Golf day to help quad home out of funding rough

The Andries Olivier Durbanville Quadriplegic Centre in Hafele street.

The Andries Olivier Durbanville Quadriplegic Centre has been unable to hold its annual fund-raisers for the past two years because of the pandemic, but now it is banking on a charity golf day to raise money for maintenance and future projects.

“As far back as 2020, the lockdown meant that all but one of our planned fund-raising initiatives for 2020 have been cancelled,” said Rosabelle Riese, the chairwoman of the home. “Our party-equipment-hire business has generated no income, and our guest rooms have been empty for many months as we may not have external persons staying on our premises that time.”

She hopes the charity golf day at the Durbanville Golf Club in November will give the home a much-needed boost.

“We hope the funds raised can cover our monthly shortfall, which is R25 000, and our monthly expenses that include the electrical rewiring throughout the house to improve safety as this is a potential fire hazard.

“The wiring in the roof is not in an acceptable state. We have been told on many occasions that the main electrical board is an electrician’s nightmare. This is a serious concern for us.”

The home in Hafele Street is a non-profit organisation, which originated from the Huis Andries Olivier in Kuils River, a three-bedroom rented house that accommodated five quadriplegics and was founded in 1994 by a quadriplegic, Andries Olivier, according to Ms Riese.

“His goal was to relocate that house to Durbanville, but, unfortunately, he passed away in 1998. However, the Quadriplegic Association of the Western Cape embarked on a project to build a home for quadriplegics in the Durbanville area. The Durbanville municipality donated a piece of land to the association to start building, and the centre was officially opened on 29 August 2001.”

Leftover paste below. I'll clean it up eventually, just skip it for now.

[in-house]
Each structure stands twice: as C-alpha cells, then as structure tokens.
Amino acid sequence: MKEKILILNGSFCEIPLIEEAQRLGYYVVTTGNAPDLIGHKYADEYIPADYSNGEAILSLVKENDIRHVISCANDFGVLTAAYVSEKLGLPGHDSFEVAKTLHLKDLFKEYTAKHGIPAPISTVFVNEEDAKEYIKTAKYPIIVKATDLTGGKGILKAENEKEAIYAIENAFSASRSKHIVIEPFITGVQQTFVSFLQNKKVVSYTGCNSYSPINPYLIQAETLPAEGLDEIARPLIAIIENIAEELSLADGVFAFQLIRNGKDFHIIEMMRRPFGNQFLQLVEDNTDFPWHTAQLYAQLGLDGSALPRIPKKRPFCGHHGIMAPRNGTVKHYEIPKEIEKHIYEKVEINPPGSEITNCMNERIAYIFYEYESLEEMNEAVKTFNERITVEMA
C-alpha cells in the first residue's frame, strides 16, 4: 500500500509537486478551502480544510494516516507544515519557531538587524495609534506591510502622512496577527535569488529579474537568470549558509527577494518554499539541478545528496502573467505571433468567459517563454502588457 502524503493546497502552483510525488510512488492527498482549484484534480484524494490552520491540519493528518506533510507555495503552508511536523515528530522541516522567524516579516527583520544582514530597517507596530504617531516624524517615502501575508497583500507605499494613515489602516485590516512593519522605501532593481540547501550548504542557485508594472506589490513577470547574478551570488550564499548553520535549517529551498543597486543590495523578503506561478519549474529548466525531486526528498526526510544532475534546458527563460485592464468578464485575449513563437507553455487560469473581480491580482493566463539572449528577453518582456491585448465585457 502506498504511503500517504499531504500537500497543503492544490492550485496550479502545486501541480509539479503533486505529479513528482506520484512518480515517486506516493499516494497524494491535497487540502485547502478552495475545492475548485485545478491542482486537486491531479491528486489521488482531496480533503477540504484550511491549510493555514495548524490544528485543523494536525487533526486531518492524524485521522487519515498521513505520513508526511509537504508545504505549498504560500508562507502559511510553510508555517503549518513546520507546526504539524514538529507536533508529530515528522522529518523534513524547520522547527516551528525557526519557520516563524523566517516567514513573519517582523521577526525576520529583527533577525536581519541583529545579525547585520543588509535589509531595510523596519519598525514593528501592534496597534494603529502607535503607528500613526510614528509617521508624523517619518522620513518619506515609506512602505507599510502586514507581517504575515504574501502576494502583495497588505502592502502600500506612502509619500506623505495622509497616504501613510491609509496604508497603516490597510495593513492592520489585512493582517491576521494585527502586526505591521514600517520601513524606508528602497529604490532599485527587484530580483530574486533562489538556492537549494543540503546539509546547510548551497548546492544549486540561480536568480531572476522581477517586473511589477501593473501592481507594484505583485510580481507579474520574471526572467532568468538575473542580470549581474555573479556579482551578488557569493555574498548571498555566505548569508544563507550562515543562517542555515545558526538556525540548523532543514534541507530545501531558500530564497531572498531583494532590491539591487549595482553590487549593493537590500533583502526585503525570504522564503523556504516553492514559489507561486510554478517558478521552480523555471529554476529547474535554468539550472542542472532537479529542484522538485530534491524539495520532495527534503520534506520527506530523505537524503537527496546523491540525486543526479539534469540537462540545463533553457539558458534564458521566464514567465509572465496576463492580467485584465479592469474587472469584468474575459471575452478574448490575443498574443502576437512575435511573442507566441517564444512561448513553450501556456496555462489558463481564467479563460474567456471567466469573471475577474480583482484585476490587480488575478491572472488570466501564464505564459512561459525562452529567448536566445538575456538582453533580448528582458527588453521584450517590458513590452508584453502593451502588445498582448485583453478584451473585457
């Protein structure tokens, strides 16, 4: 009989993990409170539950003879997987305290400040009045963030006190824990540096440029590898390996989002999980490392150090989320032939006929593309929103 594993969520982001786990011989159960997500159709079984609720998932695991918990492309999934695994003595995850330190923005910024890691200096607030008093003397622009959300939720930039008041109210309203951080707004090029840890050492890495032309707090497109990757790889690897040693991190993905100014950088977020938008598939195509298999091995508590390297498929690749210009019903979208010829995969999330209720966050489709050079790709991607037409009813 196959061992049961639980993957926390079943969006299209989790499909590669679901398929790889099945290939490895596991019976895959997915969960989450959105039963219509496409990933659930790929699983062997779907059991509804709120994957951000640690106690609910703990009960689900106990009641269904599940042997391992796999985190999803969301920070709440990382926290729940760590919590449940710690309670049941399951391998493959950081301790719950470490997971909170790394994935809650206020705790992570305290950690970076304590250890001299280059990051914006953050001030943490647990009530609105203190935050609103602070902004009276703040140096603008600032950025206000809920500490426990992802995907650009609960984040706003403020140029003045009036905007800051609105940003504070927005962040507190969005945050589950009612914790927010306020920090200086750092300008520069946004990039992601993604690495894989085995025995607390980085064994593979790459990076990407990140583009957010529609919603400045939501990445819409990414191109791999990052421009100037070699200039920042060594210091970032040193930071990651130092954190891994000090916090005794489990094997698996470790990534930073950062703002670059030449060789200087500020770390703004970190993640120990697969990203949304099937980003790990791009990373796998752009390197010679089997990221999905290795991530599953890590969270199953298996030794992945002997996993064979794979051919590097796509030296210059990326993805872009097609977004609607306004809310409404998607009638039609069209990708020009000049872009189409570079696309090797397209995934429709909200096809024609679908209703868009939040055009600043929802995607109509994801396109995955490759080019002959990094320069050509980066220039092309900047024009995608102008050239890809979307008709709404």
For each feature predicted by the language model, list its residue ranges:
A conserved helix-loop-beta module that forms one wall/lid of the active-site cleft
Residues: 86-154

It is home to 12 quadriplegics and paraplegics and is managed by the residents who also have to raise funds for the day-to-day running costs.

“Funds are raised by means of various projects, donors and a state subsidy, which covers 15% of the running costs. We’ve had successful Lotto applications which were used for projects in and around the house,“ she said.

The home also needed a toilet with wheelchair access, a nurse-call-bell system, a fire-detection-alarm system and repairs to a leaky and rat-infested wendy house, she said.

“We also hope to replace air conditioners. This is a necessity, in particular for our quadriplegics who have challenges with regulating their body temperature. At present, all bedrooms have air conditioning, which needs a major service or replacement.”

Contact Rosabelle Riese at 072 521 1160 or email for more information.